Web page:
Typewriter companies began introducing plastic cases and parts in the late 1960s. By the 1970 some typewriters were almost entirely made from plastics, apart from the metal mechanical components. Because of the plastic pieces, these machines are often lighter and smaller than machines made in previous decades.
Apart from the introduction of plastic components, the other big trend in this era was the outsourcing of typewriter production to other countries, and the emergence of Japanese-made manual typewriters. These machines, such as those made by Brother (pictured) were small, affordable, well-made, and reliable. This era also saw the introduction of the IBM Selectric, an electric machine that featured an innovative ‘golf ball’ print head. The Selectric, and its successors, came to dominate the typewriter market, leading to fewer and fewer manual typewriters being made.
The Typewriter’s Last Hurrah
By the late 1980s and early 1990s manual typewriters had all but disappeared, as electronic machines, word processors, and computers had come to dominate the market. The introduction of ‘daisy wheel’ electronic typewriters and word processors continued to chip away at the market, while the widespread adoption of the personal computer served as the typewriter’s final blow. Today there are a couple of manufacturers in India and China still make manual typewriters, but their quality is nowhere near that of a good vintage or antique machine.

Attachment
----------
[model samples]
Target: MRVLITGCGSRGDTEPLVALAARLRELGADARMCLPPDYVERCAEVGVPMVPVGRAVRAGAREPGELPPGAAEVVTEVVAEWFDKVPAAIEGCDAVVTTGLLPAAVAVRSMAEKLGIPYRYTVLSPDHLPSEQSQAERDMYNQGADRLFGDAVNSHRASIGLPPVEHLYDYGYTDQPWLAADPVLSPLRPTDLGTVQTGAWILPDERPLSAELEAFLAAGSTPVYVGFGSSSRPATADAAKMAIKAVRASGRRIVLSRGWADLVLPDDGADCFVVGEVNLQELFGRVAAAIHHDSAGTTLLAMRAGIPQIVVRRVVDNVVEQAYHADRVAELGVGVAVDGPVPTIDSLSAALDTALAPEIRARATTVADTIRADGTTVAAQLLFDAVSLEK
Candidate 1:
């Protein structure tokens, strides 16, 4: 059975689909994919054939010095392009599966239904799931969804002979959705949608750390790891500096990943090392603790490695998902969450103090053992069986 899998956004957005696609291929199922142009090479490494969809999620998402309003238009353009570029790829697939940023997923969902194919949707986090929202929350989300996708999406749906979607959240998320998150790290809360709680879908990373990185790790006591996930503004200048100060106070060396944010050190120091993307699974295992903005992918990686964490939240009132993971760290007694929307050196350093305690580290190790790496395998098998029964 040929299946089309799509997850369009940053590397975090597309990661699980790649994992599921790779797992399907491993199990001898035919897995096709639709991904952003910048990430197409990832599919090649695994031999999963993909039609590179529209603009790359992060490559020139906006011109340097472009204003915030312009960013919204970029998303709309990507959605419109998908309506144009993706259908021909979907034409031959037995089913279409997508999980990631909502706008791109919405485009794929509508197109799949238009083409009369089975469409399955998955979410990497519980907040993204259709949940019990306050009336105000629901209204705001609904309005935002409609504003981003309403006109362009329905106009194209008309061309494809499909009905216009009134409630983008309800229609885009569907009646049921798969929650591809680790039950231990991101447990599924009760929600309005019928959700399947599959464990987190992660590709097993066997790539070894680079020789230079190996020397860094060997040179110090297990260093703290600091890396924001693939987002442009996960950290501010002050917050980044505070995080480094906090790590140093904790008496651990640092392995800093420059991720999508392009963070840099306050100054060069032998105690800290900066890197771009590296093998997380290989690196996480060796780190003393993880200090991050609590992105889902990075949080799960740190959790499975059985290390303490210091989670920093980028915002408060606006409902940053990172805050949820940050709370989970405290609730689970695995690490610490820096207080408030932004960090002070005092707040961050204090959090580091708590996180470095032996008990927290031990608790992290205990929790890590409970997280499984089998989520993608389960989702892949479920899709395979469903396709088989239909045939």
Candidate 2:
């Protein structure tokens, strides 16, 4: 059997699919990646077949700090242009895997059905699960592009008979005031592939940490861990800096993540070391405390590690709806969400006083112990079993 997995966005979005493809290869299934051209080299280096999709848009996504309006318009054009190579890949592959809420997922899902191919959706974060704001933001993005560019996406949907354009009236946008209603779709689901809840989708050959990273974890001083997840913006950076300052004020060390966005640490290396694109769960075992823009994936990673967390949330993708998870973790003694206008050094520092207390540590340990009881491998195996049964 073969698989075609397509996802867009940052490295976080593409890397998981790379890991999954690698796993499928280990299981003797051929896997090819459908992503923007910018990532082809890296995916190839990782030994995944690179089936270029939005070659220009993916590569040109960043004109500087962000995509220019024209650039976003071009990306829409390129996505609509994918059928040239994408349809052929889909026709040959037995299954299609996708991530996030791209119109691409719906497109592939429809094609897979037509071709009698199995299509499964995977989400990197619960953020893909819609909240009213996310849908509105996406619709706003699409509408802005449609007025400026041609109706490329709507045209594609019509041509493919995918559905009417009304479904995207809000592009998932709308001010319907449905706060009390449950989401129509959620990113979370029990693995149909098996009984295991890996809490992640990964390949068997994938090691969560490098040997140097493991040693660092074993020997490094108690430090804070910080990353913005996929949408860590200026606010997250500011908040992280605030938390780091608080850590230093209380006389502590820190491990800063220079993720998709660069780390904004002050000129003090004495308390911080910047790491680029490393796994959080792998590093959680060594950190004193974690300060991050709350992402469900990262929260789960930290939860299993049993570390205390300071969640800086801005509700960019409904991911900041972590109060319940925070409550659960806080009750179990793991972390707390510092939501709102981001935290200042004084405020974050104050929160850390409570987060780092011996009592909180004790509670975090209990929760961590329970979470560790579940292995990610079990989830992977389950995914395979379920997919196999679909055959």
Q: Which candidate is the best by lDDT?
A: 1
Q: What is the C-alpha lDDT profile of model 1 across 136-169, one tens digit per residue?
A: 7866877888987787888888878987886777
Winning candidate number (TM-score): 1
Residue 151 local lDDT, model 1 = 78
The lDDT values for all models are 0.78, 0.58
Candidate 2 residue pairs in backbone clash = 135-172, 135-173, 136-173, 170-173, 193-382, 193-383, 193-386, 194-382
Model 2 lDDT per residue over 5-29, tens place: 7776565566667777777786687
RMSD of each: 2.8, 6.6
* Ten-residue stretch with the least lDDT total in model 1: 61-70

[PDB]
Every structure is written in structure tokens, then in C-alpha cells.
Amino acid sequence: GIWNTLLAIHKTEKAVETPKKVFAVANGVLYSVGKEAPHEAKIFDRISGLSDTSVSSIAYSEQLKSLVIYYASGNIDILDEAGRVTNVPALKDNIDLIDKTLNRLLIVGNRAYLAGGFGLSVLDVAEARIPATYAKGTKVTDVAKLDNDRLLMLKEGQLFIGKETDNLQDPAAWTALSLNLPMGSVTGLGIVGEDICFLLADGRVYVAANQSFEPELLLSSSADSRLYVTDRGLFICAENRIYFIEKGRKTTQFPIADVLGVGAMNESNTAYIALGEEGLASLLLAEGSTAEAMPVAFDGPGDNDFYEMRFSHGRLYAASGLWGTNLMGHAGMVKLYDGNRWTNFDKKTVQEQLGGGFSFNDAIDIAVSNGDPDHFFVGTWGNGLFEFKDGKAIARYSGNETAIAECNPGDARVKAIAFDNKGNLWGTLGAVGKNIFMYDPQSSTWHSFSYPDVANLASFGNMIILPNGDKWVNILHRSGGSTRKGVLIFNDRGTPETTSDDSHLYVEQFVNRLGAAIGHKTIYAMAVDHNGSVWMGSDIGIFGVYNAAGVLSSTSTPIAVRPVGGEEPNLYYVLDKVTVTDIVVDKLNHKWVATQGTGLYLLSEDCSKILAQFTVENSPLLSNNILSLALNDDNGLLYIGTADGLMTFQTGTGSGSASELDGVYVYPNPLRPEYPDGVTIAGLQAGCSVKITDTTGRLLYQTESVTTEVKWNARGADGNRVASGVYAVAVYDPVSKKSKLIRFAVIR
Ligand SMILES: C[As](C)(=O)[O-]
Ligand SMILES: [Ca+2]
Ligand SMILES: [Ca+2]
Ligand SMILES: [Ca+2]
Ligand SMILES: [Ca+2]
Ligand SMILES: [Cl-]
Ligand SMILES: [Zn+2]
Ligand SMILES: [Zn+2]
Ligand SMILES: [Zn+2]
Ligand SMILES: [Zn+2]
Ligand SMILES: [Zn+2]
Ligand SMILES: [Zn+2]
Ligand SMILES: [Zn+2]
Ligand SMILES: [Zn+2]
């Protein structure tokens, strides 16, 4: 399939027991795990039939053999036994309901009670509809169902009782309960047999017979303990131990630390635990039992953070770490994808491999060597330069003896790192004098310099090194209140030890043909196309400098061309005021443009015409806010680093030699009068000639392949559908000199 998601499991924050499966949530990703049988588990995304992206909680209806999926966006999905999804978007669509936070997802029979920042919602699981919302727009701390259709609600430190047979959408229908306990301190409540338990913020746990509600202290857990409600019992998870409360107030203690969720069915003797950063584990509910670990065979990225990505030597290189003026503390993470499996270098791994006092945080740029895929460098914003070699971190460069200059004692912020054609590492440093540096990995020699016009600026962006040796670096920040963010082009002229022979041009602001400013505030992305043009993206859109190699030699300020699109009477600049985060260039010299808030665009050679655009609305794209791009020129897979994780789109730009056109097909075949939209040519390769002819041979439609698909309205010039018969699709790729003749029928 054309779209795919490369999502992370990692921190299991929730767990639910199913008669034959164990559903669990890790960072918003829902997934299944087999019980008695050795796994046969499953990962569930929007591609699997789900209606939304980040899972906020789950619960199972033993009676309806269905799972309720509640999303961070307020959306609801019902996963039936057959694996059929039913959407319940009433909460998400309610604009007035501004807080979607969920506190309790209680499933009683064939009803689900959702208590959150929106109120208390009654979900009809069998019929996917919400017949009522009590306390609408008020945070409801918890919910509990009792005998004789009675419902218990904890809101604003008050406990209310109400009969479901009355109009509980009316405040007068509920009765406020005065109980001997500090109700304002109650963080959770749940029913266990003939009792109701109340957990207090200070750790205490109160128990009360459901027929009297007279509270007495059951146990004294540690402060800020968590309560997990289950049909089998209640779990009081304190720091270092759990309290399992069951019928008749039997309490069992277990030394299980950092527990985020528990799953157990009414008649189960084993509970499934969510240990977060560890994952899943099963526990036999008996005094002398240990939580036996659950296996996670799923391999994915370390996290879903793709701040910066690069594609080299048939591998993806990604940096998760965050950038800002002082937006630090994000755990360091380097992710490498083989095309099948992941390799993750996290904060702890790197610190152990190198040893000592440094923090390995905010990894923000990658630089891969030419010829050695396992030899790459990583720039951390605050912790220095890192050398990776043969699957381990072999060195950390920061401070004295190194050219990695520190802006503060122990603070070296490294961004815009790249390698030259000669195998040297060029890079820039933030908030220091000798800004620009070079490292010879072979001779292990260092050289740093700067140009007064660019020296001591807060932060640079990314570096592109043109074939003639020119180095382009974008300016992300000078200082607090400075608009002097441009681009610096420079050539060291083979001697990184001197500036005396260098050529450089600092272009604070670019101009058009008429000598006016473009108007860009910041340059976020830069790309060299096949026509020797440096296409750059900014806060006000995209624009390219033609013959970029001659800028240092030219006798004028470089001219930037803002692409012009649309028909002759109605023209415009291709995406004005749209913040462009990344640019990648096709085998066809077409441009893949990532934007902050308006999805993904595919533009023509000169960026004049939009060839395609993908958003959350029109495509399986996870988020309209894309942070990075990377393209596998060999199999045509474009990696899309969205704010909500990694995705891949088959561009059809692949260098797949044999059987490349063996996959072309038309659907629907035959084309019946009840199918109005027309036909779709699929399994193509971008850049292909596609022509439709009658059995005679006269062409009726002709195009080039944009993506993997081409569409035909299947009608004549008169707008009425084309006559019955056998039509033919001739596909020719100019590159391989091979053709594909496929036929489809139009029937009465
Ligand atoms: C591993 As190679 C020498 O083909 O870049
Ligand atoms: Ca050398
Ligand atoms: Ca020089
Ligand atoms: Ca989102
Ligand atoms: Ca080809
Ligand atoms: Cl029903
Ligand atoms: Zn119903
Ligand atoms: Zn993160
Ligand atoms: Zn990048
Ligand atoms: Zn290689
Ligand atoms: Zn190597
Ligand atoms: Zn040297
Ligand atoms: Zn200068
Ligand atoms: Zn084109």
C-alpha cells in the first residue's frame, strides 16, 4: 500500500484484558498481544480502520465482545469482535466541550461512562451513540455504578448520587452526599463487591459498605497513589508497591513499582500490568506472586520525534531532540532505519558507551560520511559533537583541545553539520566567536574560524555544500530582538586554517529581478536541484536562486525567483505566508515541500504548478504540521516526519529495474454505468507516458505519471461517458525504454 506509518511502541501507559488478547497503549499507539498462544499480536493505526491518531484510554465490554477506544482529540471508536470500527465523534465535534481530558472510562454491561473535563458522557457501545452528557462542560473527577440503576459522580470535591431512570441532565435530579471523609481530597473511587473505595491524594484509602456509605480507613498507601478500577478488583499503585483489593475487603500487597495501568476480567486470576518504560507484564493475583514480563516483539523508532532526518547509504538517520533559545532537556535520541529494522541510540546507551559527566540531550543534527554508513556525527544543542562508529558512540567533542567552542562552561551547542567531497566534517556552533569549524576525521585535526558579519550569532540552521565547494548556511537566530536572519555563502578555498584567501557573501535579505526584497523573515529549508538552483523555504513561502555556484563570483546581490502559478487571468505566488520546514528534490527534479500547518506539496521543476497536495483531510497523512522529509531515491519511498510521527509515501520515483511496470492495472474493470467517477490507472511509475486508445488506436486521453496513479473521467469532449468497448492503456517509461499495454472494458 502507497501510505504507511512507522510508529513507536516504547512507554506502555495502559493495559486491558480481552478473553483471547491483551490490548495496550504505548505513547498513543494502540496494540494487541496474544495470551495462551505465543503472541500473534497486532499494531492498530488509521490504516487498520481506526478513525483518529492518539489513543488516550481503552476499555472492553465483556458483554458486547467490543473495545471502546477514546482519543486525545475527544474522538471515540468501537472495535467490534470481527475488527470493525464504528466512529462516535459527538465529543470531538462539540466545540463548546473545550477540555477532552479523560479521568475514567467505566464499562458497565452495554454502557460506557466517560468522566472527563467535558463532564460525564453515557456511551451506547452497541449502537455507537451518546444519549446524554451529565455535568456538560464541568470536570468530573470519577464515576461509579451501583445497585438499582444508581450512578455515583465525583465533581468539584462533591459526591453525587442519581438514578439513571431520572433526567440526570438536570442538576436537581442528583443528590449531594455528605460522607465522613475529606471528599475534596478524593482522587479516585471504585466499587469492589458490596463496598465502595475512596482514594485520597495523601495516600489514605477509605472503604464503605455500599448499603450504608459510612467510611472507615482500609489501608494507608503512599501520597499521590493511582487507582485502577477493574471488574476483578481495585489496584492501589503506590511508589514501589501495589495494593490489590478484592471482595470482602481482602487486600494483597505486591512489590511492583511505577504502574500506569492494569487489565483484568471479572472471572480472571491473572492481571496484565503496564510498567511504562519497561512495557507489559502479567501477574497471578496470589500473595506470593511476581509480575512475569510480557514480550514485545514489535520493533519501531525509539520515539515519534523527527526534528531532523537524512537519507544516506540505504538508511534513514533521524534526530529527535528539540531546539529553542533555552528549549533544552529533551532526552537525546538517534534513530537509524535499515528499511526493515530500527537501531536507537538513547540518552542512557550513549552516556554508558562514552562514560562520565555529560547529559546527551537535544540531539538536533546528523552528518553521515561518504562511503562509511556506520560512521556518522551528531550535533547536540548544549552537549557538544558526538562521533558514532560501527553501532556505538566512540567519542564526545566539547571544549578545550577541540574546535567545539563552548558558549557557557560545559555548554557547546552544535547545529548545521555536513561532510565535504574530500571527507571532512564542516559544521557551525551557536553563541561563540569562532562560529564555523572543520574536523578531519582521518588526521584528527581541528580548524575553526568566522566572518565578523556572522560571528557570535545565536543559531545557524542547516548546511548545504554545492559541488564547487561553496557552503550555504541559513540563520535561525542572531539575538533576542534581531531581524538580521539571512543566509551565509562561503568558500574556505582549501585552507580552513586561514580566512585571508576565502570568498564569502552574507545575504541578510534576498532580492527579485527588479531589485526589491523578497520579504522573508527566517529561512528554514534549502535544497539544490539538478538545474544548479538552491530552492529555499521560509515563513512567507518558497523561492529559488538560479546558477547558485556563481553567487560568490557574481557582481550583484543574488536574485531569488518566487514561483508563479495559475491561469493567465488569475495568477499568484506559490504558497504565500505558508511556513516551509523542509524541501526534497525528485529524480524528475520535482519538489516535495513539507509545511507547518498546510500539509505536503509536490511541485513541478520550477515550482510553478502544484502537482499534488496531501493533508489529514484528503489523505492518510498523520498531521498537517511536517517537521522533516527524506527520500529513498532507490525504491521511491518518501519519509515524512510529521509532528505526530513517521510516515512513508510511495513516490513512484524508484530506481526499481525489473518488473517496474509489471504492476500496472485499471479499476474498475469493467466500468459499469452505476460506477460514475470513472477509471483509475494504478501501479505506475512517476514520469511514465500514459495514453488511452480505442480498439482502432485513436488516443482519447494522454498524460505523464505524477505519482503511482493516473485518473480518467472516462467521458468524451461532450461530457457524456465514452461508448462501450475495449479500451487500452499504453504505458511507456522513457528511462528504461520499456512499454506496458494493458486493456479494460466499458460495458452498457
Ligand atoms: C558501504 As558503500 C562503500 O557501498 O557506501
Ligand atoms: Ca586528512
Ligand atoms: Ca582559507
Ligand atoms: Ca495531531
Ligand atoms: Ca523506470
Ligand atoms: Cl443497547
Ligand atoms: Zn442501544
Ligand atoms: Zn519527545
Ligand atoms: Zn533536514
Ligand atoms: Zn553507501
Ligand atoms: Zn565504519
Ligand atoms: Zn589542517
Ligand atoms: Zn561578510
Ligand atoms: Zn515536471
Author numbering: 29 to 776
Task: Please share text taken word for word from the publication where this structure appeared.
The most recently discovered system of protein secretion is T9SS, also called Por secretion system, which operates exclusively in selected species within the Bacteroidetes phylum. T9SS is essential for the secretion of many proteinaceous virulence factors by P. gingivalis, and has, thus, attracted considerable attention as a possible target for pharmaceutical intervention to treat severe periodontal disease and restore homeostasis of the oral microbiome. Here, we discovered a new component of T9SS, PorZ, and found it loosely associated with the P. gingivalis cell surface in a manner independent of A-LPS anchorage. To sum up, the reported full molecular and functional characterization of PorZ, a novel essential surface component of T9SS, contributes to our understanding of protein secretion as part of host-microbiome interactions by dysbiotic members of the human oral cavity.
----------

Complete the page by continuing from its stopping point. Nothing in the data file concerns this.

Collector, Writer, or Decorator?
Now that you know a little about the history of manual typewriters, let’s take a look at why people buy them. As we said, there are still millions of manual typewriters floating around out there. They’re available in different sizes, styles, brands, and with different features. How do you know which one is right for you?
To find your typewriter, you’ll have to ask yourself some basic questions.
- Why do you want a typewriter?
- What do you want to do with your typewriter?
- Are there machines that draw your eye or which strike you as particularly desirable?
While only you can answer these questions, there are some common reasons why people buy manual typewriters from me.
Some people buy typewriters as collectibles. As with any other collectible, some typewriters are more valuable than others. In general, collectors look for rare machines in good condition, specific machines with particular traits, or machines from a specific time period or manufacturer.
For example, machines such as the mid-50s Royal Quiet De Luxe line (pictured here) are famous for their bright, vibrant colors, and are prized by collectors.
Other machines, such as the Olivetti Valentine for example, are prized as works of industrial art. The Valentine was designed by noted Italian designer Ettore Sottsass, and is displayed in the Museum of Modern Art in New York.
Collectors can spend years trying to find the right machine, and many begin collecting only after purchasing their first typewriter and falling in love with it. So, as a word of caution, don’t buy a typewriter too quickly. You may find that your purchase is the first of many!
A good writing typewriter will allow you to get your words on paper easily, effectively, and as effortlessly as possible. A good manual typewriter is one that doesn’t put too much strain on a typist’s hands, and which types clean, crisp text.